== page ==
Joe survived recurring cancer with a blood stem cell transplant
Before being diagnosed with myelodysplastic syndrome (MDS), I thought I was invincible. I had the perfect life: a great marriage, three beautiful kids, a house, a dog, and a great job—I even had great in-laws. I thought nothing could stop me. But cancer did. It changed everything. I was given six to eighteen months to live. But I wasn’t going to let cancer take my wonderful life away from me. I had too much to live for.
Throughout the course of my treatment, I had a Hickman line installed, two extremely aggressive rounds of chemotherapy, my first stem cell transplant, a relapse of my cancer, another four rounds of chemo, a round of high dose radiation, and a second stem cell transplant. That was over three years ago. Recovery was extreme with exceptional highs, like having my Hickman line removed, and extreme lows, like my relapse. The emotional ride was difficult, but I always tried to keep a positive attitude, even during the hard times.
Everyone was surprised by my positive attitude and outlook. At first, I considered it like fighting a cold. Lots of people beat cancer, and I was going to be one of them.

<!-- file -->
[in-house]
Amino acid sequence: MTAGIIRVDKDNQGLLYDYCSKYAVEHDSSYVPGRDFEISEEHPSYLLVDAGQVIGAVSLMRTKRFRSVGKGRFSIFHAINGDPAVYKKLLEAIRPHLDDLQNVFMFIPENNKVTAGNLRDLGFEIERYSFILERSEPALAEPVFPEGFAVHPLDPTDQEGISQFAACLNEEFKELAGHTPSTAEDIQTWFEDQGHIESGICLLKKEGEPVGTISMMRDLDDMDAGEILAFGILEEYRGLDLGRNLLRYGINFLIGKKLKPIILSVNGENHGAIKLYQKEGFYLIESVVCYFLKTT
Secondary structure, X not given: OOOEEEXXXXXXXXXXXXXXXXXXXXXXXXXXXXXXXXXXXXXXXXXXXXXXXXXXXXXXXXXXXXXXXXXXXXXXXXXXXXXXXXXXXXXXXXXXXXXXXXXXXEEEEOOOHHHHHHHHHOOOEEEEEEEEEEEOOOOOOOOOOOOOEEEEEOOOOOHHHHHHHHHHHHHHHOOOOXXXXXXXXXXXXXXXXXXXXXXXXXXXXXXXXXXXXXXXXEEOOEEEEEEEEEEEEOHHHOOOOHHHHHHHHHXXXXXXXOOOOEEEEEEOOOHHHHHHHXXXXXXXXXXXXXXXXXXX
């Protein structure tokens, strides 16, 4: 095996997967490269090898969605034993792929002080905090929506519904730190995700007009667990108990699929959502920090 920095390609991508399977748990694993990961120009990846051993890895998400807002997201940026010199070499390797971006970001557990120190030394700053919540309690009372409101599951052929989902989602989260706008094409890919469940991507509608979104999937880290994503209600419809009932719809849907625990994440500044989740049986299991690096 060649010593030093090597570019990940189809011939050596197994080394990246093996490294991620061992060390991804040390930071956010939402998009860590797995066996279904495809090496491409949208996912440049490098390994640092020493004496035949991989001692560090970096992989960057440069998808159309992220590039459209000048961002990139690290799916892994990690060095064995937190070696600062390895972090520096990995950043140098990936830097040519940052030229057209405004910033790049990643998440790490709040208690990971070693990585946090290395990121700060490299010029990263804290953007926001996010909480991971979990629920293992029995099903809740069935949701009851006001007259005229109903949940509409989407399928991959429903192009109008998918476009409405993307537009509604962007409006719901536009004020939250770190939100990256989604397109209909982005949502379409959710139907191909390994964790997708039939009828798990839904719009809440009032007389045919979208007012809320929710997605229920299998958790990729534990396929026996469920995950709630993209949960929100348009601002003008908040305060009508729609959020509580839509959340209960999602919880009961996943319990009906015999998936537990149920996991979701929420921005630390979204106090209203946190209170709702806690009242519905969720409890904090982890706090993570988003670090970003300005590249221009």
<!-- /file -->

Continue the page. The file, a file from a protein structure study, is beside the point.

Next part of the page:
Thanks to a total stranger, my blood counts are now within normal ranges. Thanks to Gift of Life, I was able to meet my donor, a young man from New York City. He’s a real slice of Americana and I couldn’t be more proud. I can only imagine how his family feels. We keep in touch on a regular basis, and I always look forward to our next visit.
I couldn’t have survived without the unimaginable support I received from my community. Some of my friends babysat so that my wife could visit me in the hospital. Several others brought me lunch or took me out to eat. The care and concern extended well past family and friends to total strangers who took care of dinners, child care, hospital visits, strengthening walks, and anything my wife and I needed. I will be forever grateful to everyone who supported us, and I now would like to do everything I can to help others in their times of need. I encourage families and set up donation and outreach opportunities for Gift of Life and other organizations. Though I am not fully back to “normal,” I strive for a new normal by enjoying my life with family and friends.